Thursday's event took place in Bedford-Stuyvesant's New Beginnings Charter School, a second-year school located in a private facility owned by the Archdiocese of New York. It was the first such event organized by the center's parent advocacy group, the Charter Parent Action Network. According to David Golovner, a vice president for the center, the network is working with parents in dozens of charter schools this year to help mobilize support in areas where charter schools are more densely located and where more are likely to open in the future.
On a recent afternoon, dozens of teachers, social workers, and non-profit administrators, pored over the academic calendars of several charter schools. They were studying how a school can express its mission in the way it builds its calendar.
“There’s a lot to think about: Summer school — would that be mandatory?” asked Simeon Stolzberg, a former charter school authorizer who was leading the exercise. “You could have a year-round school, and maybe every eight weeks there would be a two-week vacation. Think about whether or not there is time in a day for teachers to plan and prep and grade — and eat lunch.”
Some of the teachers laughed, but Stolzberg was completely serious.
“Your calendar is one of the things that will set you a part from a district school,” he told the group, participants in a new program, Apply Right, that is helping prospective charter school leaders by taking them through the most minute details of school planning.
The program and two others, projects of the nonprofit New York City Charter School Center, reflect a growing sense that charter school leaders need more support than they have been getting.
"There were a number of schools that were approved in the last five years that frankly probably should not have been approved,” said James Merriman, the center’s director. “What I think we are seeing is that the bar of entry is being appropriately raised. … We want to see more charter schools, but we’re only really interested in seeing high-quality schools.”
An initiative designed to ease tension between district and charter schools in the city has moved slowly and largely under the radar this spring.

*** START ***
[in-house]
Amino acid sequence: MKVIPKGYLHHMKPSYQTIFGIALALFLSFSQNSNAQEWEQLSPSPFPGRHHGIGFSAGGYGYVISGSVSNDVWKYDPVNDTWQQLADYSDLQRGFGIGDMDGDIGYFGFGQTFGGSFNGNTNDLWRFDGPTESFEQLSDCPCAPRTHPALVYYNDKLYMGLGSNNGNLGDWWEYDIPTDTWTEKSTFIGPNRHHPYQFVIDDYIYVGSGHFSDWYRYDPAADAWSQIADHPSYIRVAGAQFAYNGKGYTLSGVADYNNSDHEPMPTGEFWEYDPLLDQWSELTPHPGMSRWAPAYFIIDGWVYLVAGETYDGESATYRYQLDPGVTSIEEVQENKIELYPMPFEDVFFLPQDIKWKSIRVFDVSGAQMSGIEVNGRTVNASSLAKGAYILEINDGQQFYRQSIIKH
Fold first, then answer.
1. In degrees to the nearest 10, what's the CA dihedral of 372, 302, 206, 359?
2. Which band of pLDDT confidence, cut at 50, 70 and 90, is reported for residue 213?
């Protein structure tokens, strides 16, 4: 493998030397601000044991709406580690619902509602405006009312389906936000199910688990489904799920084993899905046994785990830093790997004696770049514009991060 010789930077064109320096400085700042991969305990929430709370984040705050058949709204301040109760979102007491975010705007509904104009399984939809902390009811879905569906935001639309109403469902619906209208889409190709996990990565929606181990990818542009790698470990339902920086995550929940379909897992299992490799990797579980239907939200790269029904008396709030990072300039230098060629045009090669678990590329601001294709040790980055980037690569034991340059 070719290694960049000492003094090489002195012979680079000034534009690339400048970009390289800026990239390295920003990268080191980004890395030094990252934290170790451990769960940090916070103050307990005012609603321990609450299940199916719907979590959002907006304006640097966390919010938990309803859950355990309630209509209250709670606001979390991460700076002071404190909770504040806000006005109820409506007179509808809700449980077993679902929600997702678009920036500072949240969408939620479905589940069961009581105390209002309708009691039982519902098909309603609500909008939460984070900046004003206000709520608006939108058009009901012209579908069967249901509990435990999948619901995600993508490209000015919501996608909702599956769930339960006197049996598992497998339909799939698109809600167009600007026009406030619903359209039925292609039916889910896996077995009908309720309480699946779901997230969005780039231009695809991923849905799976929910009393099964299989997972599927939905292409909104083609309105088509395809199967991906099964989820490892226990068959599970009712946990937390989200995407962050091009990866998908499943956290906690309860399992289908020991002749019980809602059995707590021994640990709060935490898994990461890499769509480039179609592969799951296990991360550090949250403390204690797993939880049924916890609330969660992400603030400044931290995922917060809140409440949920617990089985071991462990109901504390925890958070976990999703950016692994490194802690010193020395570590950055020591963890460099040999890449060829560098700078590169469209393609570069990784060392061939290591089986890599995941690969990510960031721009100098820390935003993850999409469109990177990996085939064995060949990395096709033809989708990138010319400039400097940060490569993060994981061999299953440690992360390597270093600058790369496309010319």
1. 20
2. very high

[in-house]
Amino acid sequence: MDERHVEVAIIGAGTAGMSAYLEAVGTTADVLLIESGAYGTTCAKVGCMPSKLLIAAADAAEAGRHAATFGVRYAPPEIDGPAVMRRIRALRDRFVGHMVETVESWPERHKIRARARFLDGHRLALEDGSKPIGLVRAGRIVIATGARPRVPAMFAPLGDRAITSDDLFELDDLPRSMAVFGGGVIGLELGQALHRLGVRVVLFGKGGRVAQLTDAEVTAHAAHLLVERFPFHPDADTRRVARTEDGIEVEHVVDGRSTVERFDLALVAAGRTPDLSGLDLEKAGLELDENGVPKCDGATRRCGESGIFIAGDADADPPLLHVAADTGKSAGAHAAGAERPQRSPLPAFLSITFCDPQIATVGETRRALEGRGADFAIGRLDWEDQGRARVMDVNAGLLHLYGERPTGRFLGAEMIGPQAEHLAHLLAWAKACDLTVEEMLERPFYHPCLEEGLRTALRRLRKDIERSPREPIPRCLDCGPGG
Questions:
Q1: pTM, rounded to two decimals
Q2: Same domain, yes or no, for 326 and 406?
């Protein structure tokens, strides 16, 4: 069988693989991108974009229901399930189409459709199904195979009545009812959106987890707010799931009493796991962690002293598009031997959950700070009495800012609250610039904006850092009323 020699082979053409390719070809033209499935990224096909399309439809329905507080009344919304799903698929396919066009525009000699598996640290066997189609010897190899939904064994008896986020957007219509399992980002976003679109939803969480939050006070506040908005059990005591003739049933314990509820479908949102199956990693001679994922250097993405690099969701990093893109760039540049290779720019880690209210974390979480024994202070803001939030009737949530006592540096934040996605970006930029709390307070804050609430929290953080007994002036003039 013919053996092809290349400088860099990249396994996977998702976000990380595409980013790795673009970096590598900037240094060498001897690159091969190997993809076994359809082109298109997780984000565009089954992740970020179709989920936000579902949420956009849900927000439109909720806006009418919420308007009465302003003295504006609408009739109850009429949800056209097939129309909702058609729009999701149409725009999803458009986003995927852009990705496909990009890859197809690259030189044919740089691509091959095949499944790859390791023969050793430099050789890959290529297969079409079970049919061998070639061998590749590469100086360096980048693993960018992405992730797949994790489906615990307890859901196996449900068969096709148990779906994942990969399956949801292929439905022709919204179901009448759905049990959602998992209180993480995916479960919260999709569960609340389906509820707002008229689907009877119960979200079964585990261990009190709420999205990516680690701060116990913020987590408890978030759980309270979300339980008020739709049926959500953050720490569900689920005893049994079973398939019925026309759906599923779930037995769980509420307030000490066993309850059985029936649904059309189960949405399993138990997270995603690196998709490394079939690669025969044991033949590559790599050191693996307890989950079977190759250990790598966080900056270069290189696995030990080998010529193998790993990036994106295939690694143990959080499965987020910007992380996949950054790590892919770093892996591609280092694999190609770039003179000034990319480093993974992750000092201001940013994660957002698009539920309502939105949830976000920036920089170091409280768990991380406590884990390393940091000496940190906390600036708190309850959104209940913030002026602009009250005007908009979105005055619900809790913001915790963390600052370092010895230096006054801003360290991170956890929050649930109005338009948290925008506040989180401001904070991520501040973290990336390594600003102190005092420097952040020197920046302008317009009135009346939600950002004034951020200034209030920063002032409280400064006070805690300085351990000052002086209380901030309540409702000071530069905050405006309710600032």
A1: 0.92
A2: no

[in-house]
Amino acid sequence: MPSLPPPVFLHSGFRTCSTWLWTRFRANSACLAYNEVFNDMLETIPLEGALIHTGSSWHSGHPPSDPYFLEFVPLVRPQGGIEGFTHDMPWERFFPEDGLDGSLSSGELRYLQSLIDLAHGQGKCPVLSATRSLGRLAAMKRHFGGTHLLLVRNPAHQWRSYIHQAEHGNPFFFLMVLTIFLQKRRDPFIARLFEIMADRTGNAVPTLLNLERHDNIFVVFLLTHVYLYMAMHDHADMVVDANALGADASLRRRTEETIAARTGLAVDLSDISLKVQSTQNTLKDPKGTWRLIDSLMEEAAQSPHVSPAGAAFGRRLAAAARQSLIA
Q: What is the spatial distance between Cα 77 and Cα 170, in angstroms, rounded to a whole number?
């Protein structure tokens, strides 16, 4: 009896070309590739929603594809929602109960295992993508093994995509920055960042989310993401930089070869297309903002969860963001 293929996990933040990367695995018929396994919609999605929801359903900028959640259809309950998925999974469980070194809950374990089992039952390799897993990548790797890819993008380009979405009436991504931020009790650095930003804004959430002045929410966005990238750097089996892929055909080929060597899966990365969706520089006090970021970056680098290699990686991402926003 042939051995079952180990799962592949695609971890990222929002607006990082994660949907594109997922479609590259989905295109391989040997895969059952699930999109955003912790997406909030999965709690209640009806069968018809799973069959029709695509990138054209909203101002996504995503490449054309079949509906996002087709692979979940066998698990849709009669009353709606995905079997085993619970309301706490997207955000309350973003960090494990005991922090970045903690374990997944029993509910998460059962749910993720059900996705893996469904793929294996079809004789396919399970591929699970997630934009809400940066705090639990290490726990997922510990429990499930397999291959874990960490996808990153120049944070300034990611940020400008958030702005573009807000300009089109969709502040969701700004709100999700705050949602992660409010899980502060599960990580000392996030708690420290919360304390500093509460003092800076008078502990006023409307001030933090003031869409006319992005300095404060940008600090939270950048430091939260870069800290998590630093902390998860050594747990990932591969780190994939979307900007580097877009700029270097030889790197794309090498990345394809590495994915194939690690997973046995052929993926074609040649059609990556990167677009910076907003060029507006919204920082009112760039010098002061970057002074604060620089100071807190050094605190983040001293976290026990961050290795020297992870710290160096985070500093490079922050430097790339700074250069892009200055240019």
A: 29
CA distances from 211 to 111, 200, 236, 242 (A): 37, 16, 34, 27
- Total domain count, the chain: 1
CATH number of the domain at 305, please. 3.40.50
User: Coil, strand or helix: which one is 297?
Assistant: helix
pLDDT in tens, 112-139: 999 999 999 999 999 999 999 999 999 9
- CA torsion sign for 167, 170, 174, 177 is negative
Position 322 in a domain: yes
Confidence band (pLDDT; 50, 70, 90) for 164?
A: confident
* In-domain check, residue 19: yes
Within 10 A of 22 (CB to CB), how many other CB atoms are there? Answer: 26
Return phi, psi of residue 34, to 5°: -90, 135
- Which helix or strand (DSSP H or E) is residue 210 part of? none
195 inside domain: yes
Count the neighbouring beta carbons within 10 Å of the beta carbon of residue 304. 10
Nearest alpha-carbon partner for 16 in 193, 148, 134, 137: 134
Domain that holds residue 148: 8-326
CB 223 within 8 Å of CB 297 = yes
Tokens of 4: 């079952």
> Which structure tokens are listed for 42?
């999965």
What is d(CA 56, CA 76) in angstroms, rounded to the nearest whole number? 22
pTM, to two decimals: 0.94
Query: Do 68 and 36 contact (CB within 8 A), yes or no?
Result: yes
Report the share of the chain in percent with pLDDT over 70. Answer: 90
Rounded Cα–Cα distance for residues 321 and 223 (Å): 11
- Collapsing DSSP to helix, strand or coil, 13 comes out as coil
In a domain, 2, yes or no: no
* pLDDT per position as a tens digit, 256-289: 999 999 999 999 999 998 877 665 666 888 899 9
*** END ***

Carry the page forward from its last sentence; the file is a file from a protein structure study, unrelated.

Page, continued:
In December, then-Chancellor Joel Klein joined 88 of the city’s charter schools in signing on to a District-Charter Collaboration Compact, which mandates that charter schools “fulfill their role as laboratories of innovation” and requires the Department of Education to support city charter schools. The compact, which the Gates Foundation urged and is funding, emphasizes collaboration around issues of enrollment, space allocation, and instruction.
But after more than six months — which were bookended by Klein’s sudden departure and a contentious lawsuit over charter school co-location — little progress has been made toward fulfilling the compact’s requirements. In June, the New York City Charter School Center took a first step by hiring Cara Volpe, a former Teach for America employee, to be the city’s first district-charter collaboration manager.
Later, a not-yet-formed advisory council of district and charter school employees will help Volpe set priorities, according to city and charter school officials.
Volpe “will be expected to implement the council’s vision for identifying, establishing and implementing the partnerships, policies and programs that will help tear down the boundaries between great district and charter schools,” according to advertisement for the position, which the charter center posted online at GothamSchools’ jobs board, Idealist, and elsewhere.
Volpe’s work will come at a time when tensions around charter schools are at an all-time high.
Flier faxed today to City Councilman Robert Jackson
The main purpose of a charter school parent rally tomorrow is to demand that the NAACP withdraw from a lawsuit that threatens some charter schools. But not everyone being recruited to the rally is being told that the NAACP is its intended target.
The office of City Councilman Robert Jackson received a fax at 3:33 p.m. that asks elected officials to "support us and come speak at the rally tomorrow." The fax, whose origin was not identified, says the rally is "to save our schools from the lawsuit" and is signed "Harlem Parents."
Jackson, who chairs the council's education committee, is one of the plaintiffs in a lawsuit filed by the UFT and NAACP to stop 22 school closures and prevent 17 charter schools from opening, moving, or expanding.
In fact, more than 1,600 parents have signed on to a letter to the NAACP, according to Kerri Lyon, a spokeswoman for the New York City Charter School Center, which is supporting the rally. "They clearly know who is standing in their way," Lyon said.